Background and aims Understanding the mechanistic
effects of climate change on species key life-history
stages is essential for predicting ecological responses.
In fire-prone regions, long-term seed banks allow
post-fire recovery and persistence of plant populations.
For physically dormant species, seed bank
longevity depends on the maintenance of dormancy
which is controlled primarily by temperature. Successful
inter-fire recruitment is rare and dormancy
loss between fires produces a net loss to the seed
bank. We assessed whether temperature increases related to climate change can affect seed dormancy
and, potentially, seed bank longevity.
Methods We quantified the relationship between air
temperatures and soil temperatures. Seeds of two
shrub species, from four populations along an
altitudinal gradient, were then exposed to a range of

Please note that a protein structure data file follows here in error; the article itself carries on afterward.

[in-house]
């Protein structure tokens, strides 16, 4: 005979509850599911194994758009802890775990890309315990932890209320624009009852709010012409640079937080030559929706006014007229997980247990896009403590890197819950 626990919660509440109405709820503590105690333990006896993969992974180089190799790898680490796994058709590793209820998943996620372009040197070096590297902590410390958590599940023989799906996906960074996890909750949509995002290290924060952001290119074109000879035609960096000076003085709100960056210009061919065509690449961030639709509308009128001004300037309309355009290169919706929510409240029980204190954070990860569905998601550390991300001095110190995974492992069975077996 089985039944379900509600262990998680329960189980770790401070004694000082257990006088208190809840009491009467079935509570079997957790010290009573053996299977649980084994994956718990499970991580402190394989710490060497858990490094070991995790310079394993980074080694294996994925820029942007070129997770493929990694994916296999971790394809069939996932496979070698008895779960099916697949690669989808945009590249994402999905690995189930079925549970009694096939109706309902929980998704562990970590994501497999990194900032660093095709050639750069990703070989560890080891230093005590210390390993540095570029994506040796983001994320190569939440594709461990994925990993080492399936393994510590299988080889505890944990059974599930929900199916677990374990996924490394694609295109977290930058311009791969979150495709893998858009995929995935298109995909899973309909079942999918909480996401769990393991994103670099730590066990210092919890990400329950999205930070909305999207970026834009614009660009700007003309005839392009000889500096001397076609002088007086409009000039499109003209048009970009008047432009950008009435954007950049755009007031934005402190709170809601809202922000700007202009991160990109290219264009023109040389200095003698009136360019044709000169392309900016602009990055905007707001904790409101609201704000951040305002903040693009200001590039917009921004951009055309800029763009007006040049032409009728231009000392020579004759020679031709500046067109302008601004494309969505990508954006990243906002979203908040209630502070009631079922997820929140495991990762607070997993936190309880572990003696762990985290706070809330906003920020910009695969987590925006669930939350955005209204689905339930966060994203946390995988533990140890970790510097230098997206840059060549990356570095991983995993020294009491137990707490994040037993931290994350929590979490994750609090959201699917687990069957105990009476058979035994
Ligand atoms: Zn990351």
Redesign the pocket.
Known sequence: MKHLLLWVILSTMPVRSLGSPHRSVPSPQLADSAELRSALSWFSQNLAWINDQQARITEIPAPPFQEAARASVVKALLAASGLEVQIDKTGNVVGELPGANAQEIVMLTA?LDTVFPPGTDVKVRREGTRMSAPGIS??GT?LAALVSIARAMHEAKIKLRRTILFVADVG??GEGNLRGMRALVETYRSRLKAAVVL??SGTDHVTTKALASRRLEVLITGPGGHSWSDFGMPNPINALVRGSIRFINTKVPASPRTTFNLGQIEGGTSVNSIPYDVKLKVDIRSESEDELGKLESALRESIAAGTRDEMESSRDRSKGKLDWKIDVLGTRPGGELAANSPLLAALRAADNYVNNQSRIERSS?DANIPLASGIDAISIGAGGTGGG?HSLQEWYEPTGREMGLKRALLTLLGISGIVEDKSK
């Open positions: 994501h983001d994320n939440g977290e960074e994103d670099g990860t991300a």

soil temperatures calculated to occur at the end of the
21st century, using projected mean and heat wave
scenarios. Alterations to dormancy were assessed via
Results For every 1°C increase in air temperature,
associated soil temperature increased by 1.5°C. Mean
temperature increase had no affect on seed dormancy.
However, future heat wave conditions produced soil
temperatures that significantly increased dormancy
loss. This impact was greatest in seeds from cooler,
high elevation populations.
Conclusions Projected heat wave events produce conditions
that provide a mechanism for seed bank
compromise. Dormancy-breaking temperatures for each
population were positively related to parental environment
temperatures, indicating local adaptation. Whilst
heat from fire may govern post-fire recruitment
response, we suggest that parental climate is the key
selective force determining dormancy-breaking threshold
temperatures, ensuring inter-fire seed bank